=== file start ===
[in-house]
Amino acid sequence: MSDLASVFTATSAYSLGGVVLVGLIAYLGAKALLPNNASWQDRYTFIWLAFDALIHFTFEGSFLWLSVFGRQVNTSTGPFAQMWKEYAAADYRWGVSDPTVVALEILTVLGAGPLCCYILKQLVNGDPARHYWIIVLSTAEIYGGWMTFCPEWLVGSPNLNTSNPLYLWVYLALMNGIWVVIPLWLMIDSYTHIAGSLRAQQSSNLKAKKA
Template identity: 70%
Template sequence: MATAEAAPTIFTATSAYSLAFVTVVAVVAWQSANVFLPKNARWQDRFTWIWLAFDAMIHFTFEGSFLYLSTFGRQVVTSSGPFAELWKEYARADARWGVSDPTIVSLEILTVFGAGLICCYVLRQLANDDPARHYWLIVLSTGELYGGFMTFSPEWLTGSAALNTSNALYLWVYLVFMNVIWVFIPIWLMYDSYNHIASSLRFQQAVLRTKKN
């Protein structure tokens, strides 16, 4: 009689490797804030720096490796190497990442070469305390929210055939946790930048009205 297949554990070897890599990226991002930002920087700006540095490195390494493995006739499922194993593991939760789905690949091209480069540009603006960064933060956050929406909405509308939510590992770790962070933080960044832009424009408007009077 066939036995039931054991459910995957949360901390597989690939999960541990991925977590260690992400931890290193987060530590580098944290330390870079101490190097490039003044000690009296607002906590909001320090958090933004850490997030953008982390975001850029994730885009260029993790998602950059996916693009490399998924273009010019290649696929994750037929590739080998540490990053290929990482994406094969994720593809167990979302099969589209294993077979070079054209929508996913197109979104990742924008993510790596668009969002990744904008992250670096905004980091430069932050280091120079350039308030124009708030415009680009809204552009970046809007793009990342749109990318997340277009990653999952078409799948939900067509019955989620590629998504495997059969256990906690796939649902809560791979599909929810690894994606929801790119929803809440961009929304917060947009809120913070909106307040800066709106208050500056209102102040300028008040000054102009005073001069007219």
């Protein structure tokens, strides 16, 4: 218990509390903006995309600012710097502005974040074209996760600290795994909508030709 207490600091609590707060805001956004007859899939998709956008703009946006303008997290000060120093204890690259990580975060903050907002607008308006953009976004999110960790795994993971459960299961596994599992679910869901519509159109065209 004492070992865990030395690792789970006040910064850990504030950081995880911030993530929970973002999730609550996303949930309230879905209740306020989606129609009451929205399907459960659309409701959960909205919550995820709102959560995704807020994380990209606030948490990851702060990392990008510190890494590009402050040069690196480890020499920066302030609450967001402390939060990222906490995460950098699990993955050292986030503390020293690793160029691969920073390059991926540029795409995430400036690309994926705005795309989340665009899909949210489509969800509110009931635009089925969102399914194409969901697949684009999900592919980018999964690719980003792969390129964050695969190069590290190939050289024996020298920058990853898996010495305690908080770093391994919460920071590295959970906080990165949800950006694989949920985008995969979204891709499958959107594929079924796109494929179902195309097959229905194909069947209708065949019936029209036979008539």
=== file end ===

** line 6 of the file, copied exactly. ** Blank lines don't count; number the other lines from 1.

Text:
């Protein structure tokens, strides 16, 4: 218990509390903006995309600012710097502005974040074209996760600290795994909508030709 207490600091609590707060805001956004007859899939998709956008703009946006303008997290000060120093204890690259990580975060903050907002607008308006953009976004999110960790795994993971459960299961596994599992679910869901519509159109065209 004492070992865990030395690792789970006040910064850990504030950081995880911030993530929970973002999730609550996303949930309230879905209740306020989606129609009451929205399907459960659309409701959960909205919550995820709102959560995704807020994380990209606030948490990851702060990392990008510190890494590009402050040069690196480890020499920066302030609450967001402390939060990222906490995460950098699990993955050292986030503390020293690793160029691969920073390059991926540029795409995430400036690309994926705005795309989340665009899909949210489509969800509110009931635009089925969102399914194409969901697949684009999900592919980018999964690719980003792969390129964050695969190069590290190939050289024996020298920058990853898996010495305690908080770093391994919460920071590295959970906080990165949800950006694989949920985008995969979204891709499958959107594929079924796109494929179902195309097959229905194909069947209708065949019936029209036979008539």